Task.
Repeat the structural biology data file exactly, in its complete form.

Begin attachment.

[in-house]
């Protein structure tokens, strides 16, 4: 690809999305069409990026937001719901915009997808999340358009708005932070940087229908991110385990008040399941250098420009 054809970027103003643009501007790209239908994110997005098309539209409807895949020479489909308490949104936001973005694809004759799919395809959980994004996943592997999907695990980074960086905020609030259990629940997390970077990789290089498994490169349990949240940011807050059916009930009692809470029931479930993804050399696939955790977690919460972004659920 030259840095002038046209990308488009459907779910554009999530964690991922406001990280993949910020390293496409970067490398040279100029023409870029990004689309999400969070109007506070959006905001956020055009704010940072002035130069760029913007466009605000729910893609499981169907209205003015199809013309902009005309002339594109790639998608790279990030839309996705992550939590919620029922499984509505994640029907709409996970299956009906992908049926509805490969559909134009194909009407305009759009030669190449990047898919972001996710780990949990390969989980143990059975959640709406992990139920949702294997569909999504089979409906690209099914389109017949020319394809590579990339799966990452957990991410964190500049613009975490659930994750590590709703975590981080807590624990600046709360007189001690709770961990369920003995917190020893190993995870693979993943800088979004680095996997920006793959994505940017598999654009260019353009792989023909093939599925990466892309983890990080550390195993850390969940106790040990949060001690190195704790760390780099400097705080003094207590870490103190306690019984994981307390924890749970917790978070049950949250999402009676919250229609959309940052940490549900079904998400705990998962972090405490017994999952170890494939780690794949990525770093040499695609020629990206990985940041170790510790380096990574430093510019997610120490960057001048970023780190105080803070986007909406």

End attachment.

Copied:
[in-house]
């Protein structure tokens, strides 16, 4: 690809999305069409990026937001719901915009997808999340358009708005932070940087229908991110385990008040399941250098420009 054809970027103003643009501007790209239908994110997005098309539209409807895949020479489909308490949104936001973005694809004759799919395809959980994004996943592997999907695990980074960086905020609030259990629940997390970077990789290089498994490169349990949240940011807050059916009930009692809470029931479930993804050399696939955790977690919460972004659920 030259840095002038046209990308488009459907779910554009999530964690991922406001990280993949910020390293496409970067490398040279100029023409870029990004689309999400969070109007506070959006905001956020055009704010940072002035130069760029913007466009605000729910893609499981169907209205003015199809013309902009005309002339594109790639998608790279990030839309996705992550939590919620029922499984509505994640029907709409996970299956009906992908049926509805490969559909134009194909009407305009759009030669190449990047898919972001996710780990949990390969989980143990059975959640709406992990139920949702294997569909999504089979409906690209099914389109017949020319394809590579990339799966990452957990991410964190500049613009975490659930994750590590709703975590981080807590624990600046709360007189001690709770961990369920003995917190020893190993995870693979993943800088979004680095996997920006793959994505940017598999654009260019353009792989023909093939599925990466892309983890990080550390195993850390969940106790040990949060001690190195704790760390780099400097705080003094207590870490103190306690019984994981307390924890749970917790978070049950949250999402009676919250229609959309940052940490549900079904998400705990998962972090405490017994999952170890494939780690794949990525770093040499695609020629990206990985940041170790510790380096990574430093510019997610120490960057001048970023780190105080803070986007909406």